Magazine article Black Issues in Higher Education

Minimizing the Risks of PC Buying

Magazine article Black Issues in Higher Education

Minimizing the Risks of PC Buying

Article excerpt

PERSONAL

COMPUTING

Any time you buy a personal computer, whether it's your first or your fifth, whether for yourself, your children, or your company, you face uncertainty. Will the computer work, or will it be dead on arrival? Will it work initially but fail after a few weeks? Will it work for the most part but give you headaches along the way? Will you be able to get help quickly if you can't fix the inevitable glitches yourself?

You can't eliminate the uncertainties of buying, but you can minimize them by being an informed consumer. Three magazines recently have published the findings of their latest surveys.

According to the subscribers of PC World, the company that makes the most reliable personal computer today and backs them the best doesn't even make PCs - it makes Macs. Apple received the highest overall marks in the desktop computer category for reliability and service.

Other desktop machines receiving "Good" marks for overall reliability and service are those of IBM, ABS and Dell, as well as the generic "white boxes" of local retailers.

Despite its good overall score, Dell received lower marks than it did last year, as did a number of other companies, including Gateway, Micron and the newly merged Hewlett Packard/Compaq. In a tough economy, PC reliability and service have slipped overall.

The only company to receive a "Poor" overall mark from PC World subscribers was Systemax, which supplies PCs to mail-order vendor Tiger Direct.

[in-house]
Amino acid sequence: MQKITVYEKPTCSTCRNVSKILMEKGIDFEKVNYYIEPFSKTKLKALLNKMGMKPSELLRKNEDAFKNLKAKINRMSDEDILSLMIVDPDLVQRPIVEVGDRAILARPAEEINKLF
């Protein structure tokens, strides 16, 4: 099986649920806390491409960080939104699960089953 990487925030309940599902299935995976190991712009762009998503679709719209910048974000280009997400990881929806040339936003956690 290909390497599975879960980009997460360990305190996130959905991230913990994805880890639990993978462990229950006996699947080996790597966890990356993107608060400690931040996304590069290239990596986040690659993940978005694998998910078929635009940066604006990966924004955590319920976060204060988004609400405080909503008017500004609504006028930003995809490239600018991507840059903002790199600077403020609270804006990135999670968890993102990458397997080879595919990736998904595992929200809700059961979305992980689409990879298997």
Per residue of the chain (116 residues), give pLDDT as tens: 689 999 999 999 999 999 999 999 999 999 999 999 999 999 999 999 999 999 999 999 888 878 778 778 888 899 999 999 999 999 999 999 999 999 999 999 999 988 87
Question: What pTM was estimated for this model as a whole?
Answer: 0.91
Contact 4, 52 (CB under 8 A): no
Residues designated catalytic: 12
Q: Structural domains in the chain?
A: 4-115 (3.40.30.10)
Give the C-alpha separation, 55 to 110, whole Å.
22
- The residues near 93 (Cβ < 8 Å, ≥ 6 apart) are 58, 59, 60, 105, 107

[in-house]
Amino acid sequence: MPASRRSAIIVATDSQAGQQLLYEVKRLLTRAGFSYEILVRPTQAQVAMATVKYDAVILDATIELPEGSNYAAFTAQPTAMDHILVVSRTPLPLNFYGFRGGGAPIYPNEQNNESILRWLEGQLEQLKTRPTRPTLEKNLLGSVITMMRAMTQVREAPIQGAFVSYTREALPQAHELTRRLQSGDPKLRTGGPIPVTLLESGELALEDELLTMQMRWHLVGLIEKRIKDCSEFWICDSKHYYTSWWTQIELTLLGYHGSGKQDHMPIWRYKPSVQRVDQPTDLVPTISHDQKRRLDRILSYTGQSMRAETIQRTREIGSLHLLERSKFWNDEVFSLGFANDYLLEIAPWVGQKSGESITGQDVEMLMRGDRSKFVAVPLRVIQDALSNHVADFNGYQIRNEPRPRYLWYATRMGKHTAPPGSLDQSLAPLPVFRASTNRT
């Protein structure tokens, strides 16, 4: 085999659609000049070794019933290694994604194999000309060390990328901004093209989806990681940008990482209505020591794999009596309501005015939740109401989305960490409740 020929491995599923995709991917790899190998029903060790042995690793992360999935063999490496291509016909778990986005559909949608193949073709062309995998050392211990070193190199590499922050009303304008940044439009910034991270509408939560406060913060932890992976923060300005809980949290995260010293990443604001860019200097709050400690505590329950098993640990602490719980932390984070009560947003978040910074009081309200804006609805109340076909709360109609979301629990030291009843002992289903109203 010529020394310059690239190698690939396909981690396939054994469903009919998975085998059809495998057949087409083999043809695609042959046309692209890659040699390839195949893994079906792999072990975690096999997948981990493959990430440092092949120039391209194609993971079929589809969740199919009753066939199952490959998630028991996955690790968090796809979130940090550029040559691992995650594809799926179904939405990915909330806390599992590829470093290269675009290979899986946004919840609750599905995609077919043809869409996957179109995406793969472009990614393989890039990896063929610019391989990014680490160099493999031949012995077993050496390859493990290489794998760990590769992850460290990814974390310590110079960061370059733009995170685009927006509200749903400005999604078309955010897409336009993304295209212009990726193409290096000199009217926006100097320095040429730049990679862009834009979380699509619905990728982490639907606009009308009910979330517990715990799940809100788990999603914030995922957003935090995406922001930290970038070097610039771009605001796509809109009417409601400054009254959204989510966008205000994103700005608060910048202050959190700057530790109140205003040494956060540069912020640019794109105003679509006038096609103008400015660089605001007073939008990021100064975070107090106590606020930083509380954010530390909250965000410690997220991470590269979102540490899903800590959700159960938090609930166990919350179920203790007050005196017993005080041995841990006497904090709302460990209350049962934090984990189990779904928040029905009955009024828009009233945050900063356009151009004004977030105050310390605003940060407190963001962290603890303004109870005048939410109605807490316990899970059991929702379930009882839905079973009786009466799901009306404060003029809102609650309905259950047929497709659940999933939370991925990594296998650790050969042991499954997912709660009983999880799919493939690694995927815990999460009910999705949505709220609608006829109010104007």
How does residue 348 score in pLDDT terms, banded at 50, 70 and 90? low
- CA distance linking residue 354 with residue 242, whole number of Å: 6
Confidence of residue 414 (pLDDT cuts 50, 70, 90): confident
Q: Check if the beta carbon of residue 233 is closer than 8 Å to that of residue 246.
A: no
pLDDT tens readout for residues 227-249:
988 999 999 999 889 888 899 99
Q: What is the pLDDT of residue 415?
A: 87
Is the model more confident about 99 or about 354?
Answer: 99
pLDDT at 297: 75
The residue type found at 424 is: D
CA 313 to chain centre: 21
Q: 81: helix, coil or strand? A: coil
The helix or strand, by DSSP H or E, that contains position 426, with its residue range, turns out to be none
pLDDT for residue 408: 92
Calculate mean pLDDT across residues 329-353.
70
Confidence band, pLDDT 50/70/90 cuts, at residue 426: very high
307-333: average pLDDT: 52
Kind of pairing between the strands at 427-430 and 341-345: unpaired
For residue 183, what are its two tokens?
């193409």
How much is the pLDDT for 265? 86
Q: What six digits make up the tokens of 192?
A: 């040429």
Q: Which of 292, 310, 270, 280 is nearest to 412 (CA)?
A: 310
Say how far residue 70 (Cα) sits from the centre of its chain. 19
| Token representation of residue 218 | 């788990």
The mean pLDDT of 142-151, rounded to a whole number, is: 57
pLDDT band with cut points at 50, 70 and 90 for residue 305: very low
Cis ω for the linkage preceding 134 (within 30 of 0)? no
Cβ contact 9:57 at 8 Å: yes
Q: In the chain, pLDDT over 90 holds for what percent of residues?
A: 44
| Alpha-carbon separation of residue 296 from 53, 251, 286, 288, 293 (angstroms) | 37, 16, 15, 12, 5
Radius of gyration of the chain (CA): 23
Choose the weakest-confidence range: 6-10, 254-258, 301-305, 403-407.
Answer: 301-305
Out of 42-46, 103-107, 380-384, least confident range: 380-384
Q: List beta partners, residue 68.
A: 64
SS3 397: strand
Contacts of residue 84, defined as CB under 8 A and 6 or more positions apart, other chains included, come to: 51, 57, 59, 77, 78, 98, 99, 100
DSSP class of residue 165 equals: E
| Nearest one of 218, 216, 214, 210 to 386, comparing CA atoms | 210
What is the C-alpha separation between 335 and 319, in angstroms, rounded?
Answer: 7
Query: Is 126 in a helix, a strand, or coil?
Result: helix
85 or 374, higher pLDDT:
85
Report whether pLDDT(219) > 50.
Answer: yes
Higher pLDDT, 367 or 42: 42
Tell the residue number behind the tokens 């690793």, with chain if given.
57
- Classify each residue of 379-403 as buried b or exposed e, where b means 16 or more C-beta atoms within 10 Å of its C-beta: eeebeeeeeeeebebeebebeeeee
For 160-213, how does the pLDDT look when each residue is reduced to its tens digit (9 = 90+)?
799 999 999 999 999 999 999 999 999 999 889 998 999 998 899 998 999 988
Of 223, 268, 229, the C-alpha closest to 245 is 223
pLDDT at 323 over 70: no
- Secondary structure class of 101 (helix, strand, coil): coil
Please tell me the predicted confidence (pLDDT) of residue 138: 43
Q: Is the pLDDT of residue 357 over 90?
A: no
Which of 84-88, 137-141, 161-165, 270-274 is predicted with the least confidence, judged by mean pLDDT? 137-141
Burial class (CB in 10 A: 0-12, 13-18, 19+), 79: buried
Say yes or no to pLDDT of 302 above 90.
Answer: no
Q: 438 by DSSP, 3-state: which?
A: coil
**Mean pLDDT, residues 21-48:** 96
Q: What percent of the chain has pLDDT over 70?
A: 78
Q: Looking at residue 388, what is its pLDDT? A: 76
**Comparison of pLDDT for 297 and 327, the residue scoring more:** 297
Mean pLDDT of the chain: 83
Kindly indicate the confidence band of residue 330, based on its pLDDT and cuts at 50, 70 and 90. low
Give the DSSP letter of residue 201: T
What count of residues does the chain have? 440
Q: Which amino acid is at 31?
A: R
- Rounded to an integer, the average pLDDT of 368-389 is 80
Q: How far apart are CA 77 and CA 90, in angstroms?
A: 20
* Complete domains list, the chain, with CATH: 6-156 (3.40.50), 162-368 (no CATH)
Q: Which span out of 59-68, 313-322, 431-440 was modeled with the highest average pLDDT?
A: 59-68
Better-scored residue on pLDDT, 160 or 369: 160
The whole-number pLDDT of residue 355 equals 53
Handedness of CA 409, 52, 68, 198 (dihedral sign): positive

Companies making the most reliable notebook computers and supporting them the best are IBM and Toshiba. No notebook manufacturer received an overall "Poor" mark.

Dell received the best overall score for reliability and service in the desktop category in another recent survey, in PC Magazine. It received an A grade from PC Magazine readers, the only company so honored. Computers receiving a B+ were those from Gateway and generic white boxes of local retailers. The two companies that failed, getting an E, were Compaq and eMachines.

Apple wasn't included in the PC Magazine survey results for desktop computers because not enough respondents rated it. But IBM, which received a "Good" score in the PC World magazine survey, received a dismal D in the PC Magazine survey, which probably indicates more than anything that despite their usefulness, surveys aren't infallible.

The picture with notebook PCs is different. Companies earning an A grade from PC Magazine readers were Apple, Hewlett-Packard, IBM and Toshiba. …

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